PETALING JAYA, 10 July: The Finance Ministry and the Domestic Trade, Cooperatives and Consumerism Ministry appear to have thrown their support behind a private rent-to-own (RTO) scheme to house nine million Malaysians, to be undertaken by Sekretariat Komuniti Prefer Malaysia (SKPM) and a public limited company, Prosma Bhd.
SKPM is a community created on the back of a private initiative to assist the government in providing residences to Malaysians and has been appointed to manage 50,000 houses under the RTO scheme. The finance and the domestic trade ministries are yet to respond to queries on the arrangement involving SKPM, Prosma and the government.
SKPM is the scheme owner, while Prosma is the holding company tasked with acquiring assets for the scheme.
A check with Companies Commission Malaysia (SSM) revealed that Prosma was incorporated in August 2016, and is majority owned by Prosma managing director Ros Aida Abdullah and a Roslizawati Abdullah.
An ex-civil servant, Datuk Paduka Ab Malek Ranting, is SKPM chairman, while Zamri Abdullah is both SKPM chief secretariat and Prosma CEO.
SKPM and Prosma began promoting the RTO scheme in 2015 and started interviewing the first batch of applicants last year. To date, it has approved 3,000 applicants with 71,000 applicants more to be interviewed.
The rental for these units depends on the location and current asset price. For example, a unit in Manjong, Perak, valued at RM200,000 would be rented out for RM700 to RM800 a month.
Zamri said it has allocated RM500 million to RM1 billion to acquire homes this year for the scheme.
“This is a private initiative. We get funding from the bank and the funding is backed by the Domestic Trade, Cooperatives and Consumerism Ministry, from whom we have already obtained consent of RM200,000 per house for up to 50,000 units,” he told SunBiz.
Zamri said SKPM’s RTO scheme is targeted at those with a monthly household income of RM5,000 and above. He said the units must be no smaller than 900 sq ft each as they cater to families, and prices range from RM300,000 to RM500,000 depending on location.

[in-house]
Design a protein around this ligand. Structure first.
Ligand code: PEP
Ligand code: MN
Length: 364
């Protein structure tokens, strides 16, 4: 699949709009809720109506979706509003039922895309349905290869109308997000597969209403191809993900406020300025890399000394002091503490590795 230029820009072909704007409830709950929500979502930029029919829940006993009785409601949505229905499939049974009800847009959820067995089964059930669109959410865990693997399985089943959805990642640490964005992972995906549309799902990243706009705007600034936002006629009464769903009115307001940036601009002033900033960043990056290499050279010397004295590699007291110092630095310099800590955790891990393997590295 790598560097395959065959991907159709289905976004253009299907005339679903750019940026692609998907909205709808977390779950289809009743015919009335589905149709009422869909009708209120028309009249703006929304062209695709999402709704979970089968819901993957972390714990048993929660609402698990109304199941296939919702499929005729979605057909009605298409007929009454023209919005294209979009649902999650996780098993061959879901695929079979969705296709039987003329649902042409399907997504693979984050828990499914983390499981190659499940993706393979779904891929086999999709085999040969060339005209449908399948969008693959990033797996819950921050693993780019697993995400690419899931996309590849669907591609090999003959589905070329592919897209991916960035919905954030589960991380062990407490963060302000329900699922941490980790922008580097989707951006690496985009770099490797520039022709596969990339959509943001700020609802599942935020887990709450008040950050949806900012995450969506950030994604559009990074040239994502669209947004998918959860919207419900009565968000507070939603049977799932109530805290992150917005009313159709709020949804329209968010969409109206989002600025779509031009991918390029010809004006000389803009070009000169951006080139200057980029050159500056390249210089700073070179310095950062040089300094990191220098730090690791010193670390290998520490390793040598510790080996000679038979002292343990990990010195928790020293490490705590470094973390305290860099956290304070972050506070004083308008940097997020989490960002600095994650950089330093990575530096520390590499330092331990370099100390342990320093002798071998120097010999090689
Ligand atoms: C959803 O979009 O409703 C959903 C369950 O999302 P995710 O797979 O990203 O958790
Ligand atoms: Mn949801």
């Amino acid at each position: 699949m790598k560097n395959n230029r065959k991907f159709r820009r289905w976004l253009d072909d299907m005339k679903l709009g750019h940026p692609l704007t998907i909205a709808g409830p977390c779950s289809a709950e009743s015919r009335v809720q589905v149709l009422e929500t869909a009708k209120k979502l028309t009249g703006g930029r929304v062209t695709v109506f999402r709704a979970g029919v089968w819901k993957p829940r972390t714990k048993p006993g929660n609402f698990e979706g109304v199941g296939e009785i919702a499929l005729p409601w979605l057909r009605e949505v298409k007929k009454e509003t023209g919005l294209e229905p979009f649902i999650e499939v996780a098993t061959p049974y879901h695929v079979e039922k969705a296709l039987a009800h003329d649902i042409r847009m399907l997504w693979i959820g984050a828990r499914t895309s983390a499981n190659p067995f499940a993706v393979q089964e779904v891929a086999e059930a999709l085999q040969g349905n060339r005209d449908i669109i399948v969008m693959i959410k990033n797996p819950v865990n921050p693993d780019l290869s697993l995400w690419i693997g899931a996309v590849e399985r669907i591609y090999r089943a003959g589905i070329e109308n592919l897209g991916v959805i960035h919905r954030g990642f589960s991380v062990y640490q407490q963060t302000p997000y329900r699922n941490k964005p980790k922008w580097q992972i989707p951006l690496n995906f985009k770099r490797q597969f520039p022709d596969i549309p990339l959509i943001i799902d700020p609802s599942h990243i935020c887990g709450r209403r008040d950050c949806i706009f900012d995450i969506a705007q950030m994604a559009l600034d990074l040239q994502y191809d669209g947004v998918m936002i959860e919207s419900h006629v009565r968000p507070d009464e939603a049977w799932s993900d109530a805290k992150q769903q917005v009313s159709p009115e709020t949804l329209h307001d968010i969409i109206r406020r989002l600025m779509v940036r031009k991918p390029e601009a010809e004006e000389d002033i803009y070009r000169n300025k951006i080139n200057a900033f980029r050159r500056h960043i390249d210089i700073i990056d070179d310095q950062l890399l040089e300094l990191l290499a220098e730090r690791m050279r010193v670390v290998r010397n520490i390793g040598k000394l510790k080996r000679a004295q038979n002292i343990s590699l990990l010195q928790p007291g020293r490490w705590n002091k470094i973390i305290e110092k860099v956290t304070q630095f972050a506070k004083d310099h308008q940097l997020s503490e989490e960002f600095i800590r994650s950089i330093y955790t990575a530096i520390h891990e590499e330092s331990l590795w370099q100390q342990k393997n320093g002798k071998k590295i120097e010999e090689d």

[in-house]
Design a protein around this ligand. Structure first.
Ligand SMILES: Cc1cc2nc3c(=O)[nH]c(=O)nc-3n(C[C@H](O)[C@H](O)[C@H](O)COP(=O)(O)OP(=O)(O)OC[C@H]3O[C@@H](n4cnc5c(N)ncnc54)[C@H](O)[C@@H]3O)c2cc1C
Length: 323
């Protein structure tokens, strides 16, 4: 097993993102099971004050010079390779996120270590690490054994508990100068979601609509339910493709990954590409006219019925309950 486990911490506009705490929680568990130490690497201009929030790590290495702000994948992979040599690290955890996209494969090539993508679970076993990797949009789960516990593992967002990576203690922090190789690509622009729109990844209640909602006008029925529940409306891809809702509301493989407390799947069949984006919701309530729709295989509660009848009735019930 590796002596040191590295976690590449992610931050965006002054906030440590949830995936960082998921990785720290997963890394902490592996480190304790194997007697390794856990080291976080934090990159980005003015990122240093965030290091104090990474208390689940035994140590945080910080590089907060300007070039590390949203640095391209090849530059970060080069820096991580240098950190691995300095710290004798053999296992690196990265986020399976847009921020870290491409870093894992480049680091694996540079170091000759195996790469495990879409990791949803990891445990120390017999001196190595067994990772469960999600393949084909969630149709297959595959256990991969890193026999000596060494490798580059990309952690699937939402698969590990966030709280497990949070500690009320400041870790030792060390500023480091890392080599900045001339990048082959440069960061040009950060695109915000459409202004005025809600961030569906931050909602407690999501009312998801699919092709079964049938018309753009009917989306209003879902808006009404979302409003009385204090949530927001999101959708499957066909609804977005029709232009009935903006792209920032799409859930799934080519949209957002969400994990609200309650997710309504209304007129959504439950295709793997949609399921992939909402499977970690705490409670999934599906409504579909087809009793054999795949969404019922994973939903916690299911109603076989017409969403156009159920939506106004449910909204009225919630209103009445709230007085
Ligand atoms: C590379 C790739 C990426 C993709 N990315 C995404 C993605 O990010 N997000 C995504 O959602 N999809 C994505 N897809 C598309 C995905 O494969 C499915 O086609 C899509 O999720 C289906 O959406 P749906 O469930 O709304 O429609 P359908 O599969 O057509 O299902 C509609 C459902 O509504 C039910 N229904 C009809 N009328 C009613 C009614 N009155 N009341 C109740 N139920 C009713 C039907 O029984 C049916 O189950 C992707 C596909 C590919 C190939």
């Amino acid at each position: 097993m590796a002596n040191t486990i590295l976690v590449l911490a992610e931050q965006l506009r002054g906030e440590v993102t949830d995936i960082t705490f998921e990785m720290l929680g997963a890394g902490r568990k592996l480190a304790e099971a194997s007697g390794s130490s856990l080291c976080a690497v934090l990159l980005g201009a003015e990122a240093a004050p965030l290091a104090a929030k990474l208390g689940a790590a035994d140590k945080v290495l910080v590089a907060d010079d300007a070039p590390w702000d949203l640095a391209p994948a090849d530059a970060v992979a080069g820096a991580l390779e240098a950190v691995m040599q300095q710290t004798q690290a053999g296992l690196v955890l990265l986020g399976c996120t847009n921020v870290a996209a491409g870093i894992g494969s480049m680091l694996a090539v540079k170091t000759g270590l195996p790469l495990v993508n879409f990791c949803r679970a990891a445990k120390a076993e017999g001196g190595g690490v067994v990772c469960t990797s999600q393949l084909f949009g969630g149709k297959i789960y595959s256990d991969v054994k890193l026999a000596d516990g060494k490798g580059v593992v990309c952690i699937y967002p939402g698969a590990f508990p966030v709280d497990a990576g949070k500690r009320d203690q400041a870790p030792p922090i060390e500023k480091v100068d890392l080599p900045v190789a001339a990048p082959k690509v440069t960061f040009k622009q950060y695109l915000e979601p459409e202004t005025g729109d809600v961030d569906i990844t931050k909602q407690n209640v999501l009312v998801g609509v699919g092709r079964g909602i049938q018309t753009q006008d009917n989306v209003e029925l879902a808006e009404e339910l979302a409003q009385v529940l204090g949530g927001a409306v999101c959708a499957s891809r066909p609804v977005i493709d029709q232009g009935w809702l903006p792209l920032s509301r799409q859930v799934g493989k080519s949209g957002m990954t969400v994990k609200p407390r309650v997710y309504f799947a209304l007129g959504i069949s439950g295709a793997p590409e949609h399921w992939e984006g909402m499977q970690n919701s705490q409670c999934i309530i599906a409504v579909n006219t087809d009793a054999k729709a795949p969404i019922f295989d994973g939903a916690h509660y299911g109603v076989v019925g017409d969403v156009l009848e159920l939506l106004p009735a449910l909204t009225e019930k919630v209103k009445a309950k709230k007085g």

“We are about to sign contracts with the first batch of successful applicants this month and by end of 2017 we expect to deliver at least 240 units in Perak and 133 units in Penang,” Zamri said.
According to him, successful applicants only need to commit a 10% down payment, which can be sourced either from savings or the Employees Provident Fund. The 10% can also be paid in instalments during construction.
Applicants are not required to obtain any end-financing for the units, as Prosma will obtain the loans from banks. After paying rent for 30 years (which will be used to offset the bank loan), the tenant will own the unit.
“Applicants only need to pay rent, which includes maintenance fee and quit rent. If they have extra funds, they can ‘redeem’ the unit earlier, after 10 or 15 years, instead of the full 30-year period,” Zamri said.
At present, the only other organisation offering an RTO scheme is the 1Malaysia People’s Housing Programme (PR1MA), which is targeted at those with monthly household income of RM2,500 to RM15,000. Eligible applicants who are unable to obtain end-financing for PR1MA homes have the option to participate in the RTO scheme.
For those earning RM2,500 a month and below, the People’s Housing Programme (PPR) also offers an RTO scheme but not much is known about it. Based on previous reports, the RTO units are limited and available only at selected PPR projects.
A check on the Urban Wellbeing, Housing and Local Government Ministry’s website showed that PPR is available in two categories, namely for rent and for sale.
Prosma recently signed an en bloc purchase agreement with listed company Tiger Synergy Bhd, for 180 units in Telaris Gombak. The development is to be completed in three to four years’ time.
“We hope more private developers will come and collaborate with us, especially those who have unsold units. We can negotiate to buy those units for our RTO scheme,” said Zamri.
— THE SUN